The World is striking in honor of Climate Chanhe today. In honor of the hoax, perpetuated by Mainstream Media, we honor the debunkers.
Founder of the Weather Channel,John Coleman says Manmade Climate Change is bologna.
Listen to the scientists, the ones that are PAID by the government to produce data PROVING Manmade Climate Change. Seems Legit…
the first thing we need to accept, say these scientists, is that “CARBON DIOXIDE IS NOT ITSELF A POLLUTANT.” (Emphasis in original, except where noted.) The view that CO2 is a pollutant is the single biggest lie of the entire environmental movement.
CO2 is not a pollutant, it is plant food. It is, as these scientists say, “indispensable for life on our planet.” Plants absorb CO2 and use it to grow. They also release oxygen into the atmosphere, which is a nice thing if you like to breathe.
If you run a greenhouse and you want to turbo-charge plant growth, you can do it by injecting CO2 into the greenhouse. Side by side videos of plants in an environment with normal CO2 levels and plants in an environment with highly elevated levels of CO2 show an astounding difference in the rate of growth. In fact, an area the size of the United States has greened up around the world as the CO2 concentration has increased. CO2 is not our enemy. CO2 is our friend.
For instance, there is no correlation between rising CO2 levels and increased tropical cyclone activity. There is, however, a strong correlation between cyclonic activity and the completely natural Atlantic Multidecadal Oscillation, an oscillation that runs in roughly 60-year cycles.-afa.net
There are many sientific contradicting papers by eminent scientists. They are never screened on msm because regardless of common sense and opinions many fear voicing them, as to do so,would end their careers. Two most recent scientific papers from Finland and Japan refute man made CC. However a chemistry student did a simple experiment that proved that C02 cools as opposed to heating. There are at least 6 you tube videos produced by scientists to refute CC 3 of the best conducted by scientists using different methods but arriving at the same conclusion. The era from the 1930,s to the 1979 was the most poluting in history so where are the figures for this 50 year period. Fundementals within the models used by the IPCC are wrong so they cannot produce a true outcome. The CC hoax has made many millionairs and NGO,s and various quangos very rich.”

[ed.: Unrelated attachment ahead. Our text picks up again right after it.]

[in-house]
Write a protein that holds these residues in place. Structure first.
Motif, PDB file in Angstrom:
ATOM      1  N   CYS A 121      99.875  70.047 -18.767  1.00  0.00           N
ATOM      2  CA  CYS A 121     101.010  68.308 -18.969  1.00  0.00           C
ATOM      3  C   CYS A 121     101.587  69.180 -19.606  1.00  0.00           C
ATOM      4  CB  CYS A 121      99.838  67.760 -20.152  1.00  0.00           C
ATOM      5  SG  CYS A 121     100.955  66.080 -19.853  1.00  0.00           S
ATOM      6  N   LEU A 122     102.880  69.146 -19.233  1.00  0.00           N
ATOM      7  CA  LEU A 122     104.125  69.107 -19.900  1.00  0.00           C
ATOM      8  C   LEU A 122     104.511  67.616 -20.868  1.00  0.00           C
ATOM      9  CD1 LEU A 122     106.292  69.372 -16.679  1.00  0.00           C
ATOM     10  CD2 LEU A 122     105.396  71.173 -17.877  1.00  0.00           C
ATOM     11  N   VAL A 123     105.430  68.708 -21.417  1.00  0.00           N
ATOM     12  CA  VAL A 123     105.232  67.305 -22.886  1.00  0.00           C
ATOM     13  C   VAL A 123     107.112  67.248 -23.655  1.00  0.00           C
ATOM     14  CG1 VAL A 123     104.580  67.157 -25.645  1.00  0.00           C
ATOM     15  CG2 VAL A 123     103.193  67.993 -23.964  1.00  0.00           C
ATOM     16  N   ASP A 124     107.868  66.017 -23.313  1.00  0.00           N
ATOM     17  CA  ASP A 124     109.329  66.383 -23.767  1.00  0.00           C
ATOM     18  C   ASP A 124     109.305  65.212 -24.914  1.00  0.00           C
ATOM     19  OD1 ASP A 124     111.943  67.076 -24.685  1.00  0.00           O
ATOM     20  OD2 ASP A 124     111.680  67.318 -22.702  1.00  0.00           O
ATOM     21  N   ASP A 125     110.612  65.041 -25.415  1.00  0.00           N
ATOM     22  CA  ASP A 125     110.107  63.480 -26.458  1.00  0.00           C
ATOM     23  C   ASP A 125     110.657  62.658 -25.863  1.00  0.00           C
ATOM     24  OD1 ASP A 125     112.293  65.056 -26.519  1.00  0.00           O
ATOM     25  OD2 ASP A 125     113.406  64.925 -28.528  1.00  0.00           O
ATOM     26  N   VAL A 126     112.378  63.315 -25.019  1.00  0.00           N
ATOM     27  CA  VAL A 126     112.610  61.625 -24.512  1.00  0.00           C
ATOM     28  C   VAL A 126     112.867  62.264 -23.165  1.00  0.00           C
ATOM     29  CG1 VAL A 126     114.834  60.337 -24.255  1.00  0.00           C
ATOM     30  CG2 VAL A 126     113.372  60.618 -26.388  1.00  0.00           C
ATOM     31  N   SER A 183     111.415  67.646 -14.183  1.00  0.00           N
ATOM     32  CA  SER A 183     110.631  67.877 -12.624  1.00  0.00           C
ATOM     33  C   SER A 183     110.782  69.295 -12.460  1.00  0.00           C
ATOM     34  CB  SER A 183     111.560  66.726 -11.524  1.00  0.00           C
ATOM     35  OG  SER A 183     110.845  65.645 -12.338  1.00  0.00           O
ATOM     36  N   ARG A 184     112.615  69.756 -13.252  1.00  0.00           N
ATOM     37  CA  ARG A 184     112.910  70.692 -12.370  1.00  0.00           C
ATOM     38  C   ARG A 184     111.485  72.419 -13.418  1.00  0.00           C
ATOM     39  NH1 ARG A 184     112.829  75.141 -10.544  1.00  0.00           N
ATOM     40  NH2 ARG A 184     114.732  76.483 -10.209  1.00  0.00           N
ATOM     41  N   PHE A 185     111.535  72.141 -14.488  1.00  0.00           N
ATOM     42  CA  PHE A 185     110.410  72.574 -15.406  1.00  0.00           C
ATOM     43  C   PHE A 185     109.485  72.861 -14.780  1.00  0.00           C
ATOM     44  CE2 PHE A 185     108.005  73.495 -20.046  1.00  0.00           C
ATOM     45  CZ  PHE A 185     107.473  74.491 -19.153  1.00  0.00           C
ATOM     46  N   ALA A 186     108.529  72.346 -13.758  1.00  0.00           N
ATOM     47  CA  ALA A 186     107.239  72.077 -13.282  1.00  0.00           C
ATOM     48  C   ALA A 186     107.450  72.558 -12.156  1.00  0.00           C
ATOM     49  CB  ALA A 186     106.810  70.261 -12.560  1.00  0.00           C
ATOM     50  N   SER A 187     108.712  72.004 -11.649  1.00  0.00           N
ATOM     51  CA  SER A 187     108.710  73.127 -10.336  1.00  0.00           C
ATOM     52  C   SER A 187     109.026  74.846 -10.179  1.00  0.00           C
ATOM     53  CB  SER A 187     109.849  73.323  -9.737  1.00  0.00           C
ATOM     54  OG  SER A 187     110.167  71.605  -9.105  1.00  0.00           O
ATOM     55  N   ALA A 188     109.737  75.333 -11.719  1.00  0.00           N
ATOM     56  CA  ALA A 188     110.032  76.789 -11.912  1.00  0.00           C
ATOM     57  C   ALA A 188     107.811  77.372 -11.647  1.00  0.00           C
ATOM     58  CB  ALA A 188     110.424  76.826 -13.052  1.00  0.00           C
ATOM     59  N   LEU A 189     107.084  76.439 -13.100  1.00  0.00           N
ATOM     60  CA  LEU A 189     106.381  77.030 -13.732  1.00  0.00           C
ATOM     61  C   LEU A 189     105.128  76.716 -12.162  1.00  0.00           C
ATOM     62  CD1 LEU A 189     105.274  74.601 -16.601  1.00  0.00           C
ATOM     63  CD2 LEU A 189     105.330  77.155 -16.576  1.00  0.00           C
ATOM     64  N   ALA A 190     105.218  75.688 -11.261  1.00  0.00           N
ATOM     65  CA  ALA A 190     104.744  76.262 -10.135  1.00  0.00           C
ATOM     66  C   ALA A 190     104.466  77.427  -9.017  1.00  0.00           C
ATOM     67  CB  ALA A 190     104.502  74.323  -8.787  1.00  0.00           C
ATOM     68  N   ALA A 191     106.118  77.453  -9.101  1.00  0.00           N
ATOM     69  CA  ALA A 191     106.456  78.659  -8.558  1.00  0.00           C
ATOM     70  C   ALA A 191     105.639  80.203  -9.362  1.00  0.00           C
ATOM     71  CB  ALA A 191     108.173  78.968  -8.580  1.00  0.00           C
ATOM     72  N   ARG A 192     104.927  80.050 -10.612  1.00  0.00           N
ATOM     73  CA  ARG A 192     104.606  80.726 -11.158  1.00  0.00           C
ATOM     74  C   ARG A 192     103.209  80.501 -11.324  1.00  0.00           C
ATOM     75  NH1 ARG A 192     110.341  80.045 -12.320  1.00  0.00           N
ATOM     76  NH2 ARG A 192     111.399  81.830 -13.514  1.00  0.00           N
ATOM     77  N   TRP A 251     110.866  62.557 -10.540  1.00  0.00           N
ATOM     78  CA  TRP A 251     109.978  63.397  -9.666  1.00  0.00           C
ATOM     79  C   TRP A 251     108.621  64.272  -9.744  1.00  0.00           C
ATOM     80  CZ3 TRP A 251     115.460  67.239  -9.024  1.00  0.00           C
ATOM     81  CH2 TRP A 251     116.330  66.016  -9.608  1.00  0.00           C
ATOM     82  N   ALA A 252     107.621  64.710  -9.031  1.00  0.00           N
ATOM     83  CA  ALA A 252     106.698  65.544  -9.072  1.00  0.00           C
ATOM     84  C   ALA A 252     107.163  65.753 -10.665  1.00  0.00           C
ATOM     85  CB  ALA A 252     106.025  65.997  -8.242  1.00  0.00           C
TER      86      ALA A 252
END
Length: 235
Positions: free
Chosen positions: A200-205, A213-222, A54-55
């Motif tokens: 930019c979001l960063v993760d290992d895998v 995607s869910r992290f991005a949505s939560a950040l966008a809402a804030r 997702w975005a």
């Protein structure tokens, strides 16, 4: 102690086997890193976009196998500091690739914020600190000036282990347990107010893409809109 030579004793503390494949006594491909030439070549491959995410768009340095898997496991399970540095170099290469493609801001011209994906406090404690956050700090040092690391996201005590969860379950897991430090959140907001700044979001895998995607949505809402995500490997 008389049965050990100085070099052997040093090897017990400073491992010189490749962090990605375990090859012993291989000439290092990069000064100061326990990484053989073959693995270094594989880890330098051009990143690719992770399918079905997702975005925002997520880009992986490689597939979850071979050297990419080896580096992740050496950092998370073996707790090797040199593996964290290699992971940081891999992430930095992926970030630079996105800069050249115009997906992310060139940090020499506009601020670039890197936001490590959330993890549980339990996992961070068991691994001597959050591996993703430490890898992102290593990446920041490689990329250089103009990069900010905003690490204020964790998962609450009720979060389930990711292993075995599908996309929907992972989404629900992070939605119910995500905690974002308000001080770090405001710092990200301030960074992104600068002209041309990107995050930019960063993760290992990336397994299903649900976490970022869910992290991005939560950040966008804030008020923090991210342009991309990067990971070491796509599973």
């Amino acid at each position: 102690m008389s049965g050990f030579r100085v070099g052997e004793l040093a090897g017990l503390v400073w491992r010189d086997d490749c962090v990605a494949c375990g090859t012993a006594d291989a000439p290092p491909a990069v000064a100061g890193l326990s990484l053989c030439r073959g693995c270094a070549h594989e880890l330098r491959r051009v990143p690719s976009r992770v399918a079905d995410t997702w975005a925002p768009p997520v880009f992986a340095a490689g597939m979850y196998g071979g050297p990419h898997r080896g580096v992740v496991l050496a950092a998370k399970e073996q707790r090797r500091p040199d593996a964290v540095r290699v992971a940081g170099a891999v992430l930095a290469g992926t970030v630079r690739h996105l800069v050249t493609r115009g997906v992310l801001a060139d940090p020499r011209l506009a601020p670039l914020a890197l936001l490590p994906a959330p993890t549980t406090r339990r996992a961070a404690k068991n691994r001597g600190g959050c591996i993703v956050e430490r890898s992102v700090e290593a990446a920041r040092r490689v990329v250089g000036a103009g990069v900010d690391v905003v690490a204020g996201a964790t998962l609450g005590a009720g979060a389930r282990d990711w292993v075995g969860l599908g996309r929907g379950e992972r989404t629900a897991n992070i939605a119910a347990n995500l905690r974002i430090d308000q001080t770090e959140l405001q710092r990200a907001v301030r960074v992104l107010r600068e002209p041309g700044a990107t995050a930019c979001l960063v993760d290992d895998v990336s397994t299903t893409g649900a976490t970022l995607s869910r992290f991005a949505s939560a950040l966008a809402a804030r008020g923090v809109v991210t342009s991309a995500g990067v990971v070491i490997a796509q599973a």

Ice Sheets in Greenland are growing, according to NASA.
NASA Study: Mass Gains of Antarctic Ice Sheet Greater than Losses
The research challenges the conclusions of other studies, including the Intergovernmental Panel on Climate Change’s (IPCC) 2013 report, which says that Antarctica is overall losing land ice.NASA.gov
According to the new analysis of satellite data, the Antarctic ice sheet showed a net gain of 112 billion tons of ice a year from 1992 to 2001. That net gain slowed to 82 billion tons of ice per year between 2003 and 2008.
There is no “consensus” as they’d have you believe…here’s a big list of scientitsts that don’t believe in Global Warming. From Wikipedia:
These scientists have said that it is not possible to project global climate accurately enough to justify the ranges projected for temperature and sea-level rise over the 21st century. They may not conclude specifically that the current IPCC projections are either too high or too low, but that the projections are likely to be inaccurate due to inadequacies of current global climate modeling.
- David Bellamy, botanist.
- Lennart Bengtsson, meteorologist, Reading University.
- Piers Corbyn, owner of the business WeatherAction which makes weather forecasts.
- Susan Crockford, Zoologist, adjunct professor in Anthropology at the University of Victoria.
- Judith Curry, professor and former chair of the School of Earth and Atmospheric Sciences at the Georgia Institute of Technology.
- Robert E. Davis, Professor of Environmental Sciences at the University of Virginia.